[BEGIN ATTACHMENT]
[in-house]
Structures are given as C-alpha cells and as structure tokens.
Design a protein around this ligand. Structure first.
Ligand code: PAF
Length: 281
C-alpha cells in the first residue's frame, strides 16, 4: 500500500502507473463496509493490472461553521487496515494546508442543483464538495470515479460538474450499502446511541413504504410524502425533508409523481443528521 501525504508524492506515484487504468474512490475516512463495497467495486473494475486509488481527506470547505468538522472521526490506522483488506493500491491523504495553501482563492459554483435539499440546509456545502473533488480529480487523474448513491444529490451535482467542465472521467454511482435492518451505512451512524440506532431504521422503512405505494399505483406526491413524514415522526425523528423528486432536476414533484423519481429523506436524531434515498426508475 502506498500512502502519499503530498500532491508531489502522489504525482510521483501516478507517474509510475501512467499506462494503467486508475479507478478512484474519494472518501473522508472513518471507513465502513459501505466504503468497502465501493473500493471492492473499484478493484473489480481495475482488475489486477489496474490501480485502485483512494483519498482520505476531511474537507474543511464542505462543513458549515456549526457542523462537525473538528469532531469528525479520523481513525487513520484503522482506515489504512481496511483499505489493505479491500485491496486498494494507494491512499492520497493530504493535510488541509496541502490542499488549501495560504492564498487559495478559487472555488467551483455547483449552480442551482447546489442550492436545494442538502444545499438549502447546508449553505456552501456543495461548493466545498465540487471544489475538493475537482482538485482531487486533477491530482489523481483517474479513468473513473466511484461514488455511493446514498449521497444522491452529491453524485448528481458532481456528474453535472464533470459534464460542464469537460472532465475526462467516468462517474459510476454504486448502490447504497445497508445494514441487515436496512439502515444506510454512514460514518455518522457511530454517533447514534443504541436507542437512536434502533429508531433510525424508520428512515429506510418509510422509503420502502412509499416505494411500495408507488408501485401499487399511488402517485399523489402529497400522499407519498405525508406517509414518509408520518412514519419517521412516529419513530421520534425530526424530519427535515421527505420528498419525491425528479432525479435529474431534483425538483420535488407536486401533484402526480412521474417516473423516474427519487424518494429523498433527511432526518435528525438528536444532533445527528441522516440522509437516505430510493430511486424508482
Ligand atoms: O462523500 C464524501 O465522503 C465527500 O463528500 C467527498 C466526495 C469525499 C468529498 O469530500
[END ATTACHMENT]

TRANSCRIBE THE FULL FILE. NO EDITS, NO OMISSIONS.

[in-house]
Structures are given as C-alpha cells and as structure tokens.
Design a protein around this ligand. Structure first.
Ligand code: PAF
Length: 281
C-alpha cells in the first residue's frame, strides 16, 4: 500500500502507473463496509493490472461553521487496515494546508442543483464538495470515479460538474450499502446511541413504504410524502425533508409523481443528521 501525504508524492506515484487504468474512490475516512463495497467495486473494475486509488481527506470547505468538522472521526490506522483488506493500491491523504495553501482563492459554483435539499440546509456545502473533488480529480487523474448513491444529490451535482467542465472521467454511482435492518451505512451512524440506532431504521422503512405505494399505483406526491413524514415522526425523528423528486432536476414533484423519481429523506436524531434515498426508475 502506498500512502502519499503530498500532491508531489502522489504525482510521483501516478507517474509510475501512467499506462494503467486508475479507478478512484474519494472518501473522508472513518471507513465502513459501505466504503468497502465501493473500493471492492473499484478493484473489480481495475482488475489486477489496474490501480485502485483512494483519498482520505476531511474537507474543511464542505462543513458549515456549526457542523462537525473538528469532531469528525479520523481513525487513520484503522482506515489504512481496511483499505489493505479491500485491496486498494494507494491512499492520497493530504493535510488541509496541502490542499488549501495560504492564498487559495478559487472555488467551483455547483449552480442551482447546489442550492436545494442538502444545499438549502447546508449553505456552501456543495461548493466545498465540487471544489475538493475537482482538485482531487486533477491530482489523481483517474479513468473513473466511484461514488455511493446514498449521497444522491452529491453524485448528481458532481456528474453535472464533470459534464460542464469537460472532465475526462467516468462517474459510476454504486448502490447504497445497508445494514441487515436496512439502515444506510454512514460514518455518522457511530454517533447514534443504541436507542437512536434502533429508531433510525424508520428512515429506510418509510422509503420502502412509499416505494411500495408507488408501485401499487399511488402517485399523489402529497400522499407519498405525508406517509414518509408520518412514519419517521412516529419513530421520534425530526424530519427535515421527505420528498419525491425528479432525479435529474431534483425538483420535488407536486401533484402526480412521474417516473423516474427519487424518494429523498433527511432526518435528525438528536444532533445527528441522516440522509437516505430510493430511486424508482
Ligand atoms: O462523500 C464524501 O465522503 C465527500 O463528500 C467527498 C466526495 C469525499 C468529498 O469530500